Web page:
Promise Beyond its Expiration Date

Down river
three pelicans
glided above
the dry riverbed.

I threw seeds
into the sky
to plant
new stars.

The next county over
resurrected
the dunking chair
for witch trials.

I crushed obsidian
into powder
and made a paste
to repair the night.

To fly in my dreams
I slept
on a crow’s
fallen feather.

copyright © 2022 Kenneth P. Gurney

Hemisphere

Paul wakes a couple times each night out of breath.
He claims it is the fight to prevent ghosts from stealing his dreams.

His doctor prescribes a sleep study without Paul’s consent.
The noisy exhale of forest fires wraps the clinic in secrecy.

On arrival Paul quickly discovers he does not speak
the local tongue and his car does not care to taste the gravel lot.

Before lying down Paul checks the premises for a rescue dog
agitated by the purr of a rotating fan.

Sleep not finding Paul in his own bed mopes about
telling its tragic story to any who will listen at the corner bar.

Radio waves triangulate on Paul’s location
and transmit poems to his left wit, knowing his right wit is deaf.

A weather forecast keeps chiming into Paul’s verse
as an unexplained door bell in search of an on-off button.

Not catching a single wink all night
Paul repatriates himself back to his own home.

He discovers all the poems he wrote in his head during the night
appear on his desk in a white legal pad written in sepia ink.

The ghost writer settles back into a haunted book
that recounts the Civil War Battle of Valverde where he died.

copyright © 2022 Kenneth P. Gurney

Maybe Someone Will Visit

I still wake at night around one
for an hour or a tad more.

I imagine this is part of the human experience
and why the ancients knew the stars.

At night the wind’s sound is so different
while sitting under the mimosa.

Some hot nights in July I dream snow falling
and stacking flakes on the spiky cholla tips.

Imagine if Queen Victoria visited Albuquerque
in eighteen-eighty-two instead of Oscar Wilde—

to be honest I am not sure Oscar
made his way to the Rio Grande or whether I dreamt it.

Some nights returning from outside
I spy envelopes in the postbox their delivery ignored.

copyright © 2022 Kenneth P. Gurney

Night Light

Paul slept with a river smooth rock
under his pillow.

And a piece of petrified wood
machine-polished smooth.

On his nightstand
a dozen shaped clay snails

carried lustrous shells
collected from the garden’s carnage.

As sleep’s easy breath
shifted into a nightmare’s labored breathing

fog emerged from Paul’s mouth
as if the infernal dream tried to take shape.

The vapor froze into crystals that sparkled
lit with phosphorescence.

copyright © 2022 Kenneth P. Gurney

Arise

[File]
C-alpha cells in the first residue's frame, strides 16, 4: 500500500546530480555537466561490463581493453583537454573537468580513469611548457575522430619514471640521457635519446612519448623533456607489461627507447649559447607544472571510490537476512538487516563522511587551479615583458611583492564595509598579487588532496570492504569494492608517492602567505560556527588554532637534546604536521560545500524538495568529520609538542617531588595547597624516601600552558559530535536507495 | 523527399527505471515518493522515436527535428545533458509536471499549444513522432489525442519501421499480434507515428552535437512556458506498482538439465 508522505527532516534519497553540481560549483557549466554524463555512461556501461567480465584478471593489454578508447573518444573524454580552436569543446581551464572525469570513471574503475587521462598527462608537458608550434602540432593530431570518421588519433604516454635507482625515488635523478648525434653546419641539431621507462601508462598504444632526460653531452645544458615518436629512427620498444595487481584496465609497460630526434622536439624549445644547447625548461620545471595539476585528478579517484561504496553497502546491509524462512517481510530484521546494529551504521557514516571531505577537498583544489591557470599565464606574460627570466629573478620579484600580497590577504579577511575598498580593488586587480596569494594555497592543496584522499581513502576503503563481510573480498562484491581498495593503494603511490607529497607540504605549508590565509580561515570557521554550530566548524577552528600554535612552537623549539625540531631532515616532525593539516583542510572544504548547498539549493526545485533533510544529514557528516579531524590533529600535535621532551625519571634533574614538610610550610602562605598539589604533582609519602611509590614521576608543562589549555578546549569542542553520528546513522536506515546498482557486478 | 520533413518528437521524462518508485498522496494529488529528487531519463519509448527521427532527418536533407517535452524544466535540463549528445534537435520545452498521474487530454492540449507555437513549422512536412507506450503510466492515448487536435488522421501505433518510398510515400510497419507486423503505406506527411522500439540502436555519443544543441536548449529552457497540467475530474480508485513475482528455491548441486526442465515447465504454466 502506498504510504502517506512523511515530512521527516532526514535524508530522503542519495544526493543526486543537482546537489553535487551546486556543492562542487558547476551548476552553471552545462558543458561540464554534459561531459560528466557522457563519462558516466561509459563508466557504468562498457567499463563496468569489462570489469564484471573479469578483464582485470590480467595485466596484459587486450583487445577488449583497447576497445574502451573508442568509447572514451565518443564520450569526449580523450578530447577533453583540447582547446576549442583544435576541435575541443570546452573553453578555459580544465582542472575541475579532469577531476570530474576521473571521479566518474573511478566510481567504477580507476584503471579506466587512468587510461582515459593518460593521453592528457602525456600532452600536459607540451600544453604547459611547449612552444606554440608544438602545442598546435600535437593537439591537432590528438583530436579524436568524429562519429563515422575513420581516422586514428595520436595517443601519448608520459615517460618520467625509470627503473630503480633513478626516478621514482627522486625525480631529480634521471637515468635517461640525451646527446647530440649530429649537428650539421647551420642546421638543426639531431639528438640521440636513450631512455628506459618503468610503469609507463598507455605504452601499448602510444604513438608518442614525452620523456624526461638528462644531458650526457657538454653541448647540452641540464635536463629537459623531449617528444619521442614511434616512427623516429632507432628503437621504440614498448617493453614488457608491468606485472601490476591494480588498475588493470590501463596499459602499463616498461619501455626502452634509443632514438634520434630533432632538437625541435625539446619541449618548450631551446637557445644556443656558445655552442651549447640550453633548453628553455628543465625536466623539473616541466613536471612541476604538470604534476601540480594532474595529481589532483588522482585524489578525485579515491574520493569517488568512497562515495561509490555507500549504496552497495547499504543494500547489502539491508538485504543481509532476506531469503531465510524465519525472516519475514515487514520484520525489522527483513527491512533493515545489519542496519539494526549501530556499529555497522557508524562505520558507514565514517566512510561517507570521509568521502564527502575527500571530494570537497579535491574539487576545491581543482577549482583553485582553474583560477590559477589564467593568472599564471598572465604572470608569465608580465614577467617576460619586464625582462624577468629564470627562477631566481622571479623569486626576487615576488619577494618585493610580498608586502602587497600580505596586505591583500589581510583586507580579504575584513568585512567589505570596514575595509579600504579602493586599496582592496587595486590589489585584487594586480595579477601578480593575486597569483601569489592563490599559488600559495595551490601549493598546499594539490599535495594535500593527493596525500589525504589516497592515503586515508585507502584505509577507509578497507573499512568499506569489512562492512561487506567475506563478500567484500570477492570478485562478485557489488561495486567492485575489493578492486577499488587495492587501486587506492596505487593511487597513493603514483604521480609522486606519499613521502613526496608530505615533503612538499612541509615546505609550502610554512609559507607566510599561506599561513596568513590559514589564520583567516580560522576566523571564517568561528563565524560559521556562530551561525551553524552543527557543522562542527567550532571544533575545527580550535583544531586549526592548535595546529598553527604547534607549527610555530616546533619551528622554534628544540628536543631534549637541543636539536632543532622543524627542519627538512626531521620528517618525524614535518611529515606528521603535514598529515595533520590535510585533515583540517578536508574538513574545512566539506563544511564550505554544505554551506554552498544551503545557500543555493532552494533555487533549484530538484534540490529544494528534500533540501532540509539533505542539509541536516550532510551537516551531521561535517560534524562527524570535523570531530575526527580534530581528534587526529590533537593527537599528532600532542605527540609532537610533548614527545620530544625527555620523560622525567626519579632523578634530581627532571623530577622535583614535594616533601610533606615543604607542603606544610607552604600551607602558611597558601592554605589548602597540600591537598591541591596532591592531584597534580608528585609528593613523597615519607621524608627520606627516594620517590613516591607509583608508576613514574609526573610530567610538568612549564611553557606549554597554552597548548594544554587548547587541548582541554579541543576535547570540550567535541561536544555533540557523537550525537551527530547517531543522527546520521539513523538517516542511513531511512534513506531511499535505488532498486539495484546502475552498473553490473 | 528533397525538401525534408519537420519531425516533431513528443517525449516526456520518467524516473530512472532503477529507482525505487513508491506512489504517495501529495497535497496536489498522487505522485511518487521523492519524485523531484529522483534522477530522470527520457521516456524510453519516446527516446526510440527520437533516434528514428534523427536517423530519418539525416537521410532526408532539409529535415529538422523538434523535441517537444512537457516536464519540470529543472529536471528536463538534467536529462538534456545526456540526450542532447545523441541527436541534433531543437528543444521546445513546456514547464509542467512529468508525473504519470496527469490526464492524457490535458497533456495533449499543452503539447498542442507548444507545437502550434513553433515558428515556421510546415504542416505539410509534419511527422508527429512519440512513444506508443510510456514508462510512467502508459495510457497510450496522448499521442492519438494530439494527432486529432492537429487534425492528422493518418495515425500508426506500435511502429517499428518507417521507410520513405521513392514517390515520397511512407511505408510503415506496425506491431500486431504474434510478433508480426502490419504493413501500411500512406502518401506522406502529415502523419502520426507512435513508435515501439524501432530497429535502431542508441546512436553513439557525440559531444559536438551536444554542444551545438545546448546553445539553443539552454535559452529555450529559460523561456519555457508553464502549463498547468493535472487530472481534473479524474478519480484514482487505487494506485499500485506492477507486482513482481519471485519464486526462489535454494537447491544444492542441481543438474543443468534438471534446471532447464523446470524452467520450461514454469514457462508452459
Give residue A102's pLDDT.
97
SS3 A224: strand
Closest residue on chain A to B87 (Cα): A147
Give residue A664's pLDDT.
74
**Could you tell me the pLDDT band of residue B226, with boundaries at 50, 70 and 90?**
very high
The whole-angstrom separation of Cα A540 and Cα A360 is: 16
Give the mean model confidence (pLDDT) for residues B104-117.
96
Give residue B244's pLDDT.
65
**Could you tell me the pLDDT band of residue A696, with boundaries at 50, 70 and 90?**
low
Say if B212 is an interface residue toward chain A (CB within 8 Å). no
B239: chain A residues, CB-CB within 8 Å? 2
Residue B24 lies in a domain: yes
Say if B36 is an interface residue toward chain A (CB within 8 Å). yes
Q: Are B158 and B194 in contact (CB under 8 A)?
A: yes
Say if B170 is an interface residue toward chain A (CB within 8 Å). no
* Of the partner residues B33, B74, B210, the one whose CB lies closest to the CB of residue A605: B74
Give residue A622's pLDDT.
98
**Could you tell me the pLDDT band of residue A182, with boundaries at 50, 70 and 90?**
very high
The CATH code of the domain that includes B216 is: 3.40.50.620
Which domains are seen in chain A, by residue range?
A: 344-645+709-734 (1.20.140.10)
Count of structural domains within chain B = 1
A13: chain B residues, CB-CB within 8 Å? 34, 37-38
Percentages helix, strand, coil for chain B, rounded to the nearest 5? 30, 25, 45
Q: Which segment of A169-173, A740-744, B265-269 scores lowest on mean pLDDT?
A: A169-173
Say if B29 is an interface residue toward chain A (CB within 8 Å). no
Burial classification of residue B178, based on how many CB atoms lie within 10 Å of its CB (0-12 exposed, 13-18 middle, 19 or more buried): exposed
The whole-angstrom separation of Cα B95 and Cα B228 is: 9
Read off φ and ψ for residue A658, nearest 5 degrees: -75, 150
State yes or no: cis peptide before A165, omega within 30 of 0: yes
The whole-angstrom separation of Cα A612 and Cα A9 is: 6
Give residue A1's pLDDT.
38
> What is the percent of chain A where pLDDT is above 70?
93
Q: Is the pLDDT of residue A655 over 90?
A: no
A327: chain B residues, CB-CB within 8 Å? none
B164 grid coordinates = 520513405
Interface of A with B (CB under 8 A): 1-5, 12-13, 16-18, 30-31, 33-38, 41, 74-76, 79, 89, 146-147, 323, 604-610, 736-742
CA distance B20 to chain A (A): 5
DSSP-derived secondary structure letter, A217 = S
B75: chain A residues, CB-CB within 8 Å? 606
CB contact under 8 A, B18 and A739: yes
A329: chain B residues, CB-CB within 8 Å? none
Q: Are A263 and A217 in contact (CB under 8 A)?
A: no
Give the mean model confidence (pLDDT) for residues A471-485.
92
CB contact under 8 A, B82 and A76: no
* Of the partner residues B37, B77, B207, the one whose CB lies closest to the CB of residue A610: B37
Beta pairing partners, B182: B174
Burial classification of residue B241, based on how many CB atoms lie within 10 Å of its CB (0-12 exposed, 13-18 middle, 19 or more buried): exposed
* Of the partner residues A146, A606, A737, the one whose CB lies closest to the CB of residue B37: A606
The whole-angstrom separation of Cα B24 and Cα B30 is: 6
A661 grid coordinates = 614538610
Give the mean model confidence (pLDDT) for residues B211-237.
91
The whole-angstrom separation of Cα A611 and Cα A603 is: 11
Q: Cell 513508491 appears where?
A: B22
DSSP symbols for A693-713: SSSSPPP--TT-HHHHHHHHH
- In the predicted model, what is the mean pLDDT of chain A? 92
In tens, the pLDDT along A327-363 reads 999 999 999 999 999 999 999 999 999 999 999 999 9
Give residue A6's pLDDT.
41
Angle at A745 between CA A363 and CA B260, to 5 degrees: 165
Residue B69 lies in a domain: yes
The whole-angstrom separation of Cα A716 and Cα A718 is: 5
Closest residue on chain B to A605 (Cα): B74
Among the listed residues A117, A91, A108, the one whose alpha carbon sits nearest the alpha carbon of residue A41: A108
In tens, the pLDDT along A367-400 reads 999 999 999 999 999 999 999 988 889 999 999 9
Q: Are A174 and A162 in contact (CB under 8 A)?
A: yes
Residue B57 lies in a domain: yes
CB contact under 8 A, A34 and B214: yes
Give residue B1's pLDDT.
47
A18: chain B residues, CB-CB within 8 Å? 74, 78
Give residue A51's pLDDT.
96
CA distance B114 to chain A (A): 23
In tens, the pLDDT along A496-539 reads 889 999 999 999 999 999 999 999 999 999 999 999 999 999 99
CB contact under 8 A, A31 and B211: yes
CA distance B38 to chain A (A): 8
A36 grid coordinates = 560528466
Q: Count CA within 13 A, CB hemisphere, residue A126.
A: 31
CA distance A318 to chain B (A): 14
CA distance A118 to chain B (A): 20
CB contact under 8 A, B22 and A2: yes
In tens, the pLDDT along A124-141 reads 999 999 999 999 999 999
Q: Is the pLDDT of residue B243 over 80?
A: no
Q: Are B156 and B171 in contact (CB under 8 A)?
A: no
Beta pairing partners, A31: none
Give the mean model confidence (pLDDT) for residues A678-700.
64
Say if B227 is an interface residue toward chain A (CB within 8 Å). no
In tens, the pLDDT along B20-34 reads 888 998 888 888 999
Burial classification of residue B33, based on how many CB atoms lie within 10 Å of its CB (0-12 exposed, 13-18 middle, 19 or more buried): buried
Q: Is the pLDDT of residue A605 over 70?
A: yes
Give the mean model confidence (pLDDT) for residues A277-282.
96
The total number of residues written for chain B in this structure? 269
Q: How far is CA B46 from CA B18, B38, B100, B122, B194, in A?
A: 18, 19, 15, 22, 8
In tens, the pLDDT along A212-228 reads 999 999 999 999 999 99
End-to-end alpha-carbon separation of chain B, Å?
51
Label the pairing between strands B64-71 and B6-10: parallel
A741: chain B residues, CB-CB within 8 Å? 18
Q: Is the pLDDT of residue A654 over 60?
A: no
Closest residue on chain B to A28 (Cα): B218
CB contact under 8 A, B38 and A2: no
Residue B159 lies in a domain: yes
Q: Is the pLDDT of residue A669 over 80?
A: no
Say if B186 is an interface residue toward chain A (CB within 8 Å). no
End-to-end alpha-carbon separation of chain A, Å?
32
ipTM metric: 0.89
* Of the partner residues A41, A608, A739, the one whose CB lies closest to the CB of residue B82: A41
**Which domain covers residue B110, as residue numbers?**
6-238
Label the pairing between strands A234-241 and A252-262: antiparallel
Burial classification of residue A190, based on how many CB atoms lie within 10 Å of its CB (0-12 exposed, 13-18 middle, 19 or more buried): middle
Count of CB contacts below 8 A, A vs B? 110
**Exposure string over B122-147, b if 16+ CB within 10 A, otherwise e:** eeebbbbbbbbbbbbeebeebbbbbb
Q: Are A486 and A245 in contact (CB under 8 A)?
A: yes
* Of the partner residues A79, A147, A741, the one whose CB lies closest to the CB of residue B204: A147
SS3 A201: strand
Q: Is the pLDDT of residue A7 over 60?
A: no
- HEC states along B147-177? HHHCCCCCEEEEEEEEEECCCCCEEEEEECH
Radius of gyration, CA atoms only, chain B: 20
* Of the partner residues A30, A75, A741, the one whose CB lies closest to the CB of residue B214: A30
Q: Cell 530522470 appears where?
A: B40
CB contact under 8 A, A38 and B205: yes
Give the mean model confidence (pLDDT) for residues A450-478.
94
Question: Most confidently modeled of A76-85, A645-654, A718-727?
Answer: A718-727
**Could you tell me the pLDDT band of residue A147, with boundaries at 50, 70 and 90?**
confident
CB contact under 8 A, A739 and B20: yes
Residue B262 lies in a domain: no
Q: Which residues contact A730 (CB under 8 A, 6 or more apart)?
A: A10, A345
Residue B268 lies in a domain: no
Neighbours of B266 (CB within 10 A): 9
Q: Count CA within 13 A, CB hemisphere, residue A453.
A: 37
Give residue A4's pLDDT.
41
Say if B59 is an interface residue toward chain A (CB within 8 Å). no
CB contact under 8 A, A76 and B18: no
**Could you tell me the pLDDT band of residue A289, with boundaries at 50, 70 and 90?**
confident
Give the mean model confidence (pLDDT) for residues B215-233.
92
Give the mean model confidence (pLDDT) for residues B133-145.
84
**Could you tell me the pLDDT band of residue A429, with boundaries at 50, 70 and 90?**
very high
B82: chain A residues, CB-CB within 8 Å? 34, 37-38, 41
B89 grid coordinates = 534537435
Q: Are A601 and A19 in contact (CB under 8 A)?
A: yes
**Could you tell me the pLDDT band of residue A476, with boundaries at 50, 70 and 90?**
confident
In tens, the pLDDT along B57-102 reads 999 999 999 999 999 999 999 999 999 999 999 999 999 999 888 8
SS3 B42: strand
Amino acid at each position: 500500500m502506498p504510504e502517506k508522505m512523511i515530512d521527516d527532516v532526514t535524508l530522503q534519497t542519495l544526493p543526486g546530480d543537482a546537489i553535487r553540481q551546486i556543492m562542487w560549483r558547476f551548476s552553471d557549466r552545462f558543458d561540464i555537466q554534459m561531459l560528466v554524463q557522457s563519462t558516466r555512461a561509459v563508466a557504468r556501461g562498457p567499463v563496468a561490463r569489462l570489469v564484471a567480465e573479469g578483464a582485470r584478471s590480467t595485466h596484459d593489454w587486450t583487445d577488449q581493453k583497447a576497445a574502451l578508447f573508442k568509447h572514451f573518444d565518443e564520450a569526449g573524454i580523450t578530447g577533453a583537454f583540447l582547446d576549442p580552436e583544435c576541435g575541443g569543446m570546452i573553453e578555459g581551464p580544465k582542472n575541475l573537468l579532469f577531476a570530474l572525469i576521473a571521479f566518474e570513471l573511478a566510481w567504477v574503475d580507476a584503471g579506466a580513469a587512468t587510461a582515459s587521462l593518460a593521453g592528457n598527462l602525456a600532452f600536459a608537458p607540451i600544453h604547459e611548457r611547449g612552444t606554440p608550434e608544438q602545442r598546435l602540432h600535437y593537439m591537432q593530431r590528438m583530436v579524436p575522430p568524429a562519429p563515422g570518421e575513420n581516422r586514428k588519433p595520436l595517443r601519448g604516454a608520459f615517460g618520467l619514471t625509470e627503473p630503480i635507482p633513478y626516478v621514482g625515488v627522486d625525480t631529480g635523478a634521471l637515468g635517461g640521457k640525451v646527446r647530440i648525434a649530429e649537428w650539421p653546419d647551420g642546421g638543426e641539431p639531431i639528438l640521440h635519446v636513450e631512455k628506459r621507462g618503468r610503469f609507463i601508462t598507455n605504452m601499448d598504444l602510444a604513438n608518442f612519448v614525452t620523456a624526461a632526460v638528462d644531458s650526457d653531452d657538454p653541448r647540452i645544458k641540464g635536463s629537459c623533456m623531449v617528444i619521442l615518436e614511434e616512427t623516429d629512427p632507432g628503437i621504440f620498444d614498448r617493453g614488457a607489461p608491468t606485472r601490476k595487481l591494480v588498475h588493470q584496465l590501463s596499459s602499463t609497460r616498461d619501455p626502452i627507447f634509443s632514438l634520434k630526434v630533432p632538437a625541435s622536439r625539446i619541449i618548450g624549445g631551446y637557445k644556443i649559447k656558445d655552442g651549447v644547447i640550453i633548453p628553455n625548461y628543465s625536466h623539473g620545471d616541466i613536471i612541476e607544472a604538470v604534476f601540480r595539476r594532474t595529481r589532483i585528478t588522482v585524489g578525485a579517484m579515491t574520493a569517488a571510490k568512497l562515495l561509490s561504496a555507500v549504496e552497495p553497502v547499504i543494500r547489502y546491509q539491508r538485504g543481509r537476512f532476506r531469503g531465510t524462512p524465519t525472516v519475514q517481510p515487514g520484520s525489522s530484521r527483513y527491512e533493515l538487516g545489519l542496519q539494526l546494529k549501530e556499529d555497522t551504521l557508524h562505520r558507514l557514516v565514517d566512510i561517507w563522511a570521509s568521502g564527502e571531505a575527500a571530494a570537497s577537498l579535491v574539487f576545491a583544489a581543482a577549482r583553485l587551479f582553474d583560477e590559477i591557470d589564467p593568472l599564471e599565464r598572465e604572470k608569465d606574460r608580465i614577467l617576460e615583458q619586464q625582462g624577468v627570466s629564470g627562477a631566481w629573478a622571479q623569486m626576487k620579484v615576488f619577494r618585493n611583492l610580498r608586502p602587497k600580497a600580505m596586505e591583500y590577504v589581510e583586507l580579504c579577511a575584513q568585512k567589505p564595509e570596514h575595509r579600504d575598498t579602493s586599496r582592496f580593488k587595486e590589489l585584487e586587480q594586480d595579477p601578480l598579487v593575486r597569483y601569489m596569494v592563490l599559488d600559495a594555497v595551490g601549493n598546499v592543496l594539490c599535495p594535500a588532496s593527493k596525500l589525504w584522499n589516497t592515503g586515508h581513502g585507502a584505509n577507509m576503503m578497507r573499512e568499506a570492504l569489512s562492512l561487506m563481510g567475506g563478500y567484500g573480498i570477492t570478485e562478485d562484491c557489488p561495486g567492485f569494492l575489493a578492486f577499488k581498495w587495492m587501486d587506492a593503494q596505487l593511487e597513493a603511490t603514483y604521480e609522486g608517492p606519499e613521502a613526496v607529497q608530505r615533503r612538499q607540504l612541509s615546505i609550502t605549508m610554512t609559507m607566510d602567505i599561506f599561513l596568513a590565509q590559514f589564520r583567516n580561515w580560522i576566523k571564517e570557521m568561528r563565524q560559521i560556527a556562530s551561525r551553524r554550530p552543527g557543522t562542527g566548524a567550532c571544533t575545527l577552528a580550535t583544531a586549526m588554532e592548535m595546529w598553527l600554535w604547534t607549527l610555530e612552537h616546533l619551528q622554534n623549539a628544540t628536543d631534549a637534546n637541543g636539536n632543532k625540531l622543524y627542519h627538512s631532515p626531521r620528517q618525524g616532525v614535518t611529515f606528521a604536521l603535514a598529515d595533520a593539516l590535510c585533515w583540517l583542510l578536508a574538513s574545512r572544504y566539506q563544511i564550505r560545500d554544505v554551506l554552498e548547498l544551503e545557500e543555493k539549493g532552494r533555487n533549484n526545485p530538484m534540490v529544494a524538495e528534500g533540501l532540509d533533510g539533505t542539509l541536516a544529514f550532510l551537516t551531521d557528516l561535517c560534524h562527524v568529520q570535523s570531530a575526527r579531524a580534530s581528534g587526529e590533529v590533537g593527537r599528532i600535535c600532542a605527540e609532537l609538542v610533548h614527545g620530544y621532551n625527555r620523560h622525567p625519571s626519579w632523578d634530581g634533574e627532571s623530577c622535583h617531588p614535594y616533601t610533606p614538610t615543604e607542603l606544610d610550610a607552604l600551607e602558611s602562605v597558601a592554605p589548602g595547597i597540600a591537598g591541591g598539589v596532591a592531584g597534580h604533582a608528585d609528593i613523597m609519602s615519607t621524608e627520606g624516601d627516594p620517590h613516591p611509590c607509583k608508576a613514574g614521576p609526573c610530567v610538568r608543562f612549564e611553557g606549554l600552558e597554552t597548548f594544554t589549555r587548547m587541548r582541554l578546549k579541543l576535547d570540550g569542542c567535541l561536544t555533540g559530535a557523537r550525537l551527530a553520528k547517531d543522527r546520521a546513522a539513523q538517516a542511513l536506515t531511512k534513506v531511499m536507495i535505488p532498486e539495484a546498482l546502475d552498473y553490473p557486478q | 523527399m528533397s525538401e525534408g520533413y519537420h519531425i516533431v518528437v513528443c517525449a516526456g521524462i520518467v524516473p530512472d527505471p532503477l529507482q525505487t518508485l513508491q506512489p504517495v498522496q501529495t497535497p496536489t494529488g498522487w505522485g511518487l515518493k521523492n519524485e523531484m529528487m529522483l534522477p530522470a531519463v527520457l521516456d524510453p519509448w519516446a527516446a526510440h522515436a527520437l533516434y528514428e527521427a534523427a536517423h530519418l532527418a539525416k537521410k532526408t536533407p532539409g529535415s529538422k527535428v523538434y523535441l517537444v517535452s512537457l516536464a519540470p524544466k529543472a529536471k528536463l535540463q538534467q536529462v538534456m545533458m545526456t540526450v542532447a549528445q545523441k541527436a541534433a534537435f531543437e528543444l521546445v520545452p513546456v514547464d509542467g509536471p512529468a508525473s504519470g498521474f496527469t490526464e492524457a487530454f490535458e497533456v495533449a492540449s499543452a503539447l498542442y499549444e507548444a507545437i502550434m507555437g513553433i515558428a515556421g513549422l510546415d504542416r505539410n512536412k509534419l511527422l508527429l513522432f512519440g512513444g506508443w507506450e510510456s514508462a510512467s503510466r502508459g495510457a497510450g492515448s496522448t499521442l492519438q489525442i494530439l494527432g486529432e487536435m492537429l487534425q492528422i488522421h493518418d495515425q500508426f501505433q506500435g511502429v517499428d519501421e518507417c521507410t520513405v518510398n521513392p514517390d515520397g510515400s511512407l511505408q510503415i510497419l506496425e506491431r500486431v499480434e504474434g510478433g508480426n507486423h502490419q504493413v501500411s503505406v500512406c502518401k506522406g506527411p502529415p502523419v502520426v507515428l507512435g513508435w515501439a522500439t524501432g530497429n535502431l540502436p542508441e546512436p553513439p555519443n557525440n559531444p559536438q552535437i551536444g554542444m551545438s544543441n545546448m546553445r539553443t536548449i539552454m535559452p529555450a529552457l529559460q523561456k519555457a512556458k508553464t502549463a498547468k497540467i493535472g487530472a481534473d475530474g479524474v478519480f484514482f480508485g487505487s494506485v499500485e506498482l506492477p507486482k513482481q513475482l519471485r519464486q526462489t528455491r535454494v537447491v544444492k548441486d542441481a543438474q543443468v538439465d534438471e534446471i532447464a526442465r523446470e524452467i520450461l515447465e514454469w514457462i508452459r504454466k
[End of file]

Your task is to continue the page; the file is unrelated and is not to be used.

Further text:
This lumbering sleep
meanders through
the frenzied black.

Delphi slaps the pillow
four times, swats
separate moon beams.

Her trembled body
tasks a whole breath
to a staggered minute.

This curtain I close
traps the moonlight
within the bulbous comforter.

When she wide-eye stares
at me, sees nothing, my startled
breath exclaims her waking.

copyright © 2021 Kenneth P. Gurney

Sentinel

My mother left me one thing
when she passed away—
a statuette of a standing grizzly bear.

Smooth wood and minimal form
a dark brown stain
a granite base.

It stands at the foot of my bed
to make bad dreams wary
of approaching my sleep.

If she set it up as sentinel
back when I suffered
childhood night terrors

she would have slept
through until dawn
more often than not.

copyright © 2021 Kenneth P. Gurney

Eyes Closing

Night tends the stove,
chars the hours.

We eat it like licorice,
black lips and tongues.

A distant sun, not our sun,
goes dark in the blink of an eye.

We debate if it was ever there
or an idea that fell out of our heads.

If black is the color of mourning,
so night is its time.

Like children we tick off finger tips
as we recite those things we mourn,

though neither one of us
comes close to tears.

As silence comfortably darkens the room,
we slump into each other.

copyright © 2021 Kenneth P. Gurney

Cache of Four

My sleep drifts.
I wake unintentionally slanted.
I walk all day at an angle.
Lean in my chair.
My cursive handwriting improves.

Each Christian meme
reinforces the proclamation
I am not saved
and heaven rejects me
at the river’s edge
because I do not claim
Jesus as my savior.

Just south of Albuquerque
the green farm fields
contrast the desert land
above the flood plain
and though the Rio Grande
does not appear swift or deep
the current will drag
you under for the fishes
and bull frogs.

In places God seems readily apparent
and those places have nothing
to do with humans
and their destructive constructions.
I cannot claim to know fully
how Ego skyrocketed
apartments and business buildings
into right-angle canyons.

copyright © 2021 Kenneth P. Gurney

Peace

Peace comes at last,
stumbles through the dark,
grasps at the porch light,
settles on the glider
and there escapes
the youthful excitement
that ignites fireflies
over in the pasture,
before going inside
to wash at the basin,
then to bed and sleep.

copyright © 2021 Kenneth P. Gurney

Sleep Tortures Paul

He dreams of his daughter
snatched from his hands
by an American eagle,
magicked away by pixies,
torn away by wolves,
held for ransom by kidnappers,
floated out the window on a dark melody
by mysterious musical notes,
swallowed whole by a snake,
lifted skyward by the thumb
and index finger of God.

He wakes shuddering.
His hands feel so empty
they might as well not exist.
Touch cannot be trusted
ever again.

He can not shake this feeling
that he was pulled
far outside himself,
futilely trying to stop
the tragedy, holding on
until the predatory
Angel of Death
pried his fingers
away from dear life.

copyright © 2020 Kenneth P. Gurney